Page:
Image: Landschaft italienischen Charakters" (Landscape of Italian Character) by the Austrian painter Johann Franz Nepomuk Lauterer

Missing Since World War II, Painting Repatriated To Bavarian Museum

On Thursday, the FBI’s Art Crime Team in Chicago returned the painting, ‘Landschaft italienischen Charakters’ (Landscape of Italian Character) by the Austrian painter Johann Franz Nepomuk Lauterer (1700–1733), to its rightful owner.

In a ceremony held at the Consulate General of the Federal Republic of Germany in Chicago, Ill., the FBI and its international partners gathered to celebrate the repatriation of the painting to the Bavarian State Painting Collections – Alte Pinakothek museum.

Missing for over 70 years, since the start of World War II in 1939, Lauterer’s “Landscape of Italian Character” resurfaced in the U.S. in 2011. The painting had ended up in the possession of a Chicago area WWII veteran’s descendants and was offered for purchase to the Bavarian museum. However, all attempts to negotiate its safe return were unsuccessful and the painting was again lost without a trace, until 2022.

Upon the veteran’s passing, the painting came into the possession of its most recent owner, a Chicago citizen.

It was then that the FBI received a referral from an international art recovery firm confirming they had been in negotiations with a Chicago resident about returning the painting. A member of the FBI Art Crime Team based in Chicago reached out to the citizen who immediately met with agents to return the painting that same day.

Robert W. Wheeler Jr., special agent in Charge of the FBI Chicago Field Office: “The FBI’s Art Crime Team has been bringing home stolen art for almost 20 years, and their dedication has led to the recovery of more than 20,000 artifacts valued at hundreds of millions of dollars. It is a pleasure to be able to return this painting to its rightful home at last, and we thank everyone who partnered with us to make this success possible.”

Michael Ahrens, consul general: “The Consulate General of the Federal Republic of Germany Chicago was happy to facilitate the exchange between FBI Chicago and Bayerische Staatsgemäldesammlungen / Bavarian State Painting Collections, when it learnt about the restitution project. It is an honor to receive representatives from the FBI’s Art Crime Team and Bavarian State Painting Collections here in the German Consulate today on the occasion of the official handover of the painting.”

Markus Blume, the Bavarian State Minister for Science and Arts: “I am delighted that an art treasure that was believed to have been lost is coming back to Bavaria: the return of the painting by Johann Franz Nepomuk Lauterer to the Bayerische Staatsgemäldesammlungen is not only an act of historical justice but also an expression of the appreciation of our cultural heritage. In particular, I would like to thank the American FBI and all those who participated in the return of the painting on the American and German sides.”

Prof. Dr. Bernhard Maaz, director general of the Bayerische Staatsgemäldesammlungen: “First of all, I would like to thank the FBI for their tremendous support. I am very grateful for the work carried out by the law firms, especially Christopher Marinello, for his altruistic commitment and research to identify and restitute the work. The entire process owes much to his so very selfless, independent initiative and we are extremely pleased with the outcome. Further thanks are due to the German Foreign Office and to the Consulate General in Chicago, in particular, where this long story has found a happy end.”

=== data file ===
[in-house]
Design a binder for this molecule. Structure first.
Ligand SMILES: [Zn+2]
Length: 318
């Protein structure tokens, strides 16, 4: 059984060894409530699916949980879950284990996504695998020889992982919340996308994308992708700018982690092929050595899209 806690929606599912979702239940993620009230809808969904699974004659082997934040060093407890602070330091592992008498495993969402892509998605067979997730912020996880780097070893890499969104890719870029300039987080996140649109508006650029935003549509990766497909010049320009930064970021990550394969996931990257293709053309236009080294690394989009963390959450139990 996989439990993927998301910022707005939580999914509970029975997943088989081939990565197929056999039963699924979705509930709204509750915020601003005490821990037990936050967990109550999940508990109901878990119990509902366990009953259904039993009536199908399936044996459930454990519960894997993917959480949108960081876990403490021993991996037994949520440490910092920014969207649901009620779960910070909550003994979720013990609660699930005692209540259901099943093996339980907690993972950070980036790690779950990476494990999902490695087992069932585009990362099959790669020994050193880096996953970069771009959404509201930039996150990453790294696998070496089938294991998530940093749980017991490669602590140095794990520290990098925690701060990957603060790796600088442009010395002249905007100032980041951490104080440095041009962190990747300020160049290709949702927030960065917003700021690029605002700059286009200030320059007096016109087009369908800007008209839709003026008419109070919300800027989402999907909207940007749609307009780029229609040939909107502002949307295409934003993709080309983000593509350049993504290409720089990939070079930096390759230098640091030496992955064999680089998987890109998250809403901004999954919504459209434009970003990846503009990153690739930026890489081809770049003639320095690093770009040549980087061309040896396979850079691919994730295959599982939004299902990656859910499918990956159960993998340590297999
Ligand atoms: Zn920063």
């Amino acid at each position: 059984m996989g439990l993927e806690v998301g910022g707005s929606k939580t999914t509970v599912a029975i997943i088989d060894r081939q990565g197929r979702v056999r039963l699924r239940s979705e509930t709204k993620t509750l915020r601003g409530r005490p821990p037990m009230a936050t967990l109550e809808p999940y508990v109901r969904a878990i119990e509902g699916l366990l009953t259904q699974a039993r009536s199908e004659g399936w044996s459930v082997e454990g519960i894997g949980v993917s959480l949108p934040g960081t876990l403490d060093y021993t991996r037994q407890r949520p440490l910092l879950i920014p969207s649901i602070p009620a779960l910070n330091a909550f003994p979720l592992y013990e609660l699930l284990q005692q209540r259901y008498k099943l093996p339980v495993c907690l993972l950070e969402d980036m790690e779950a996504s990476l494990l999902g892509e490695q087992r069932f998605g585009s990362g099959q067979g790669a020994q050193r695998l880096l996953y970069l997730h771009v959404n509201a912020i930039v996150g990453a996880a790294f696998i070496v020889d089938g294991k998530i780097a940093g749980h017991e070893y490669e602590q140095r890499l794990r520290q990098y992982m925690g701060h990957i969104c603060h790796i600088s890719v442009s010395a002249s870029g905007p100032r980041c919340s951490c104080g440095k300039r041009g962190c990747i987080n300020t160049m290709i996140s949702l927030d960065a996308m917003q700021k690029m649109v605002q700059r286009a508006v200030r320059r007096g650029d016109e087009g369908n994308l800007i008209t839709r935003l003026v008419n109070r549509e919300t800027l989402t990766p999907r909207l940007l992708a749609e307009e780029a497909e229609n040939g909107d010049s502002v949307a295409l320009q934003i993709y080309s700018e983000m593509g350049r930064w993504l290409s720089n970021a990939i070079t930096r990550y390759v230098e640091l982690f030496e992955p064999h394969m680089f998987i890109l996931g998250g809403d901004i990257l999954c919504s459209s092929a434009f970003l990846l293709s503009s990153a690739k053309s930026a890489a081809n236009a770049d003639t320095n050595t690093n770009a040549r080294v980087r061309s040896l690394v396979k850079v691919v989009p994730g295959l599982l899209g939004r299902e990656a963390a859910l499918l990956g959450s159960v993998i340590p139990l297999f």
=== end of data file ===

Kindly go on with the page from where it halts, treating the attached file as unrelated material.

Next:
Dr. Bernd Ebert, head of the Dutch and German Baroque Painting Collections: “The reuniting of Lauterer’s complementary landscapes is a real stroke of good fortune. A presentation of the restored companion works is planned for the near future.”

Christopher A. Marinello, CEO and founder of Art Recovery International: “This restitution would not have been possible without the swift action of the FBI Art Crime Team.”

FBI Art Crime Team

The FBI’s Art Crime Team, made up of special agents from across the country, was established in 2004 after the 2003 looting of the Iraqi National Museum. Conflict zones (i.e., war zones) have a large impact on cultural property; they breed environments that make it easy to lose cultural property. It’s the FBI’s mission to recover those works. The team assists in art-related investigations worldwide in cooperation with foreign law enforcement officials and FBI legal attaché offices.

Art and cultural property crime—which includes theft, fraud, looting, and trafficking across state and international lines—leads to billions of dollars in losses every year. The FBI relies on the good will of our citizens to assist us by keeping their eyes open for missing art. If you have information on a piece in the National Stolen Art File, we encourage you to submit a tip to the FBI at

The Painter and His Work

Johann Franz Nepomuk Adam Lauterer (1700–1733) was active in his native city of Vienna between about 1715 and 1733. “Landscape of Italian Character” is a counterpart to a painting on panel of the same dimensions with complementary motifs, depicting a landscape with travelers and shepherds at a ford in a river. Both paintings together form a broad panoramic landscape.